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The information security sector has grown rapidly over the last two decades, and is now rising three times faster than overall worldwide IT spending, with analyst firm Gartner predicting that information security products and services will exceed $114bn in 2018, up 12.4% from last year.

Much of the money is spent on protecting against external threats of which the highly regarded Verizon Data Breach Investigations Report (DBIR) found that 78% of incidents are committed by external hackers. However, the report, which looked at 53,000 real incidents, also uncovered that 30% involved internal actors or partners.  This portion of attacks is perhaps the most worrying as it is an often-overlooked area of IT security and the most difficult to prevent.

Internal threats can come from a myriad of different sources ranging from gullible users becoming victims of phishing attacks, to disgruntled or criminal-minded employees readily unlocking the doors for the cyber-criminals waiting just beyond the perimeter. 

Often the most dangerous insider threat comes from individuals within the IT department. In some cases, the insider threat is not down to maliciousness but simply due to device misconfiguration or unapplied patches to critical systems that expose an easily fixed vulnerability, as in the 2017 breach at Equifax that had 146 million customers’ details stolen.

In the worst-case scenario, a rogue admin may have both the understanding of where critical data resides but also the technical knowledge to disable defenses in a way that may well go undetected for a significant period of time ahead of an attack.

The reason why almost a third of breaches with an insider element has remained such a constant statistic across several years’ worth of DBIR surveys is in part due to the design of many security systems along with the lax processes to secure access to elements such as the firewall, IPS, IDS, NAC and VPN platforms. 

For example, gaining access to many of these systems just requires an administrator name and password and few vendors offer change control, audit tracking or multi-factor authentication (MFA) as a built-in capability. However, even though most security appliances and software tools will support integration with privileged access management and MFA solutions, it is unclear how many organizations enable these features for access to security infrastructure. For example, a 2016 survey of IT administrators by Thycotic suggested that 20% of organizations have never changed their default passwords on privileged accounts and 30% of organizations allow accounts and passwords to be shared.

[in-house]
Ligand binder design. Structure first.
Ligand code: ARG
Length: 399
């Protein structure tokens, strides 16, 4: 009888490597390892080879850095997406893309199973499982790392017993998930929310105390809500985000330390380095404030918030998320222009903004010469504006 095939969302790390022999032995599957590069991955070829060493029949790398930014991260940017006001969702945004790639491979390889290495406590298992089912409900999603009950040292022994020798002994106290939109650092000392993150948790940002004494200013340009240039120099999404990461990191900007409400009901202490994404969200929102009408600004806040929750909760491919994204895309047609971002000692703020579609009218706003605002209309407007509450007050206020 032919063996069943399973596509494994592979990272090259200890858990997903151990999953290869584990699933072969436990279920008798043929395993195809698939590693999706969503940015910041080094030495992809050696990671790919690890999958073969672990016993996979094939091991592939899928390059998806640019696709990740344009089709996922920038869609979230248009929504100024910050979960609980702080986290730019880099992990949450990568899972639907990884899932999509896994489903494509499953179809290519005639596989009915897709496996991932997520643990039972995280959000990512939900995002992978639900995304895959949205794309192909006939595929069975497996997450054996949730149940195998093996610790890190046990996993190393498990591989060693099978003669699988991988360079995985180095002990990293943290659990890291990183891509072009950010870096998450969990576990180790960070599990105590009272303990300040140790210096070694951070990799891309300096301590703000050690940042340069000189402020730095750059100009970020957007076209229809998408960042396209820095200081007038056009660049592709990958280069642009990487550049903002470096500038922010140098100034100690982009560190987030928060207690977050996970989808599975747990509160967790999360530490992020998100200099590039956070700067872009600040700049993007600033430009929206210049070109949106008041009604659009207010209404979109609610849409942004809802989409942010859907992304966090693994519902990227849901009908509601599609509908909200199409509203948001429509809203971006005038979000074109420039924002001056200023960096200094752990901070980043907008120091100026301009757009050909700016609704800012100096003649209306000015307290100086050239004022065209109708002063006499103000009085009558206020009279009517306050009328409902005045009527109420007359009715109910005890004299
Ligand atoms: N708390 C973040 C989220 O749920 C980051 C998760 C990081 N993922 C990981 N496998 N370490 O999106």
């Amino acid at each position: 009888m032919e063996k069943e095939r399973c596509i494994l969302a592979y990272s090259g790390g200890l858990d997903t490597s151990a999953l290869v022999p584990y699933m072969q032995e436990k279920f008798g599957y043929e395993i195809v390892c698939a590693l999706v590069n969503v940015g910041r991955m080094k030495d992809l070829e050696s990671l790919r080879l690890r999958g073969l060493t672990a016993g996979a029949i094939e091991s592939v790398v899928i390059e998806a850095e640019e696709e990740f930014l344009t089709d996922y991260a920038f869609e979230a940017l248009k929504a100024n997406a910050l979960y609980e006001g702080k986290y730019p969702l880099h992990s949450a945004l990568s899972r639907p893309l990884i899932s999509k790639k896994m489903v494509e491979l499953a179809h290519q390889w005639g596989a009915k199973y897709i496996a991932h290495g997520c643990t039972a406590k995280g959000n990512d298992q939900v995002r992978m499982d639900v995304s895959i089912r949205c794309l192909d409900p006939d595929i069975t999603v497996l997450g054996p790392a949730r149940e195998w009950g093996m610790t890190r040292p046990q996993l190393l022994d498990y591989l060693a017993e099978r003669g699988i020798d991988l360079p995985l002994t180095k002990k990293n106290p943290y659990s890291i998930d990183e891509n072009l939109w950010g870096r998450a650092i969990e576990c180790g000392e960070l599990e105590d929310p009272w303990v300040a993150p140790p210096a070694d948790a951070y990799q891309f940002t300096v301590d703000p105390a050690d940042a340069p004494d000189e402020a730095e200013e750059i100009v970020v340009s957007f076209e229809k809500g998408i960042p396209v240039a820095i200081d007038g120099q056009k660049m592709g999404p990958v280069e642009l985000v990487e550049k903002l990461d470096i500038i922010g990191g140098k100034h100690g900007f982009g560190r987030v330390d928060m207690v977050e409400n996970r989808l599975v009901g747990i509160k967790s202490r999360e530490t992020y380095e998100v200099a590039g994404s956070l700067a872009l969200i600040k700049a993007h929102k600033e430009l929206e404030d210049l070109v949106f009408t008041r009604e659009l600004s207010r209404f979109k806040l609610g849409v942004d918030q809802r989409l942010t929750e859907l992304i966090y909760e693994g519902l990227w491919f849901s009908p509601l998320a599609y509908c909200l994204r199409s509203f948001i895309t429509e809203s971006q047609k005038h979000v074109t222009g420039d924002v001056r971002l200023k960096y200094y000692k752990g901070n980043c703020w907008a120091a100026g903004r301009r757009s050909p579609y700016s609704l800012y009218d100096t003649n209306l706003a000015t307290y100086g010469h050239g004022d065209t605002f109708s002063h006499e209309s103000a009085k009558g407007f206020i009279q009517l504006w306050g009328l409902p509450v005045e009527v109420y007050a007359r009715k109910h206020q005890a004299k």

Many large organizations we have spoken with over the last decade have a cultural assumption that Infosec administrators are trusted individuals and as such they can be left with the keys to the kingdom with minimal oversight. This is a dangerous supposition when cases such as that of “Terry Childs” come to light in which in 2010, the rogue IT admin locked the city of San Francisco out of its Municipal Network by refusing to hand over passwords for all its Cisco routers and switches. 

In other cases, a failure to patch a vulnerability or even a misconfiguration in the security device itself leads to a weakness in the overall effectiveness of a security infrastructure. Without the ability to record if patches and configuration have been made, when and by whom, a security weakness can occur without any accountability or understanding as to the intent of the error.

However, this situation is starting to change as CISOs start to recognize that both the security infrastructure and the people that manage these critical elements need better processes and tools to protect against both negligence and insider threats. 

On the process side, some common IT practices that may simplify management need to cease such as the use of static, single factor credentials for logging into management interfaces for critical security appliances. The shared user name/password paradigm is rapidly disappearing from every other aspect of system administration and needs to extend to the infosec team.

To address many of these issues, organizations could use smarter out-of-band (OOB) console technology acting as a centralized conduit to manage secure access to security appliances across an environment. This has several major advantages. The first is a simpler way to deploy MFA that only needs to be integrated into the console server to be enforceable across the entire security appliance layer. 

Secondly, smarter console technology can act as a system of record for all configuration changes and patches with changes sent over an alternative path such as a 4G network and retained at a centralized SOC or SIEM solution. An update failure that leaves the device unreachable via the production IP network can often be rectified via this same out-of-band connectivity that accesses the service ports on most network devices to reach the underlying console. 

This approach not only helps managers quickly determine if critical infrastructure has been patched but also allows forensic investigators to find out if a breach was aided and abetted by the actions of an insider or was just an oversight.

This OOB connectivity is also useful during a cyber-attack that disrupts the production IP network such as DDoS, a targeted switch attack or a rogue admin “lock out” attempt, with the OOB console server providing direct connection to critical devices such as routers, switches and firewalls using 3G/4G cellular modems. 

For organizations to combat the issue of insider threats, more need to recognize that the systems they use to stop cyber-attacks must follow the same security best practice as the critical corporate assets that they endeavor to protect.

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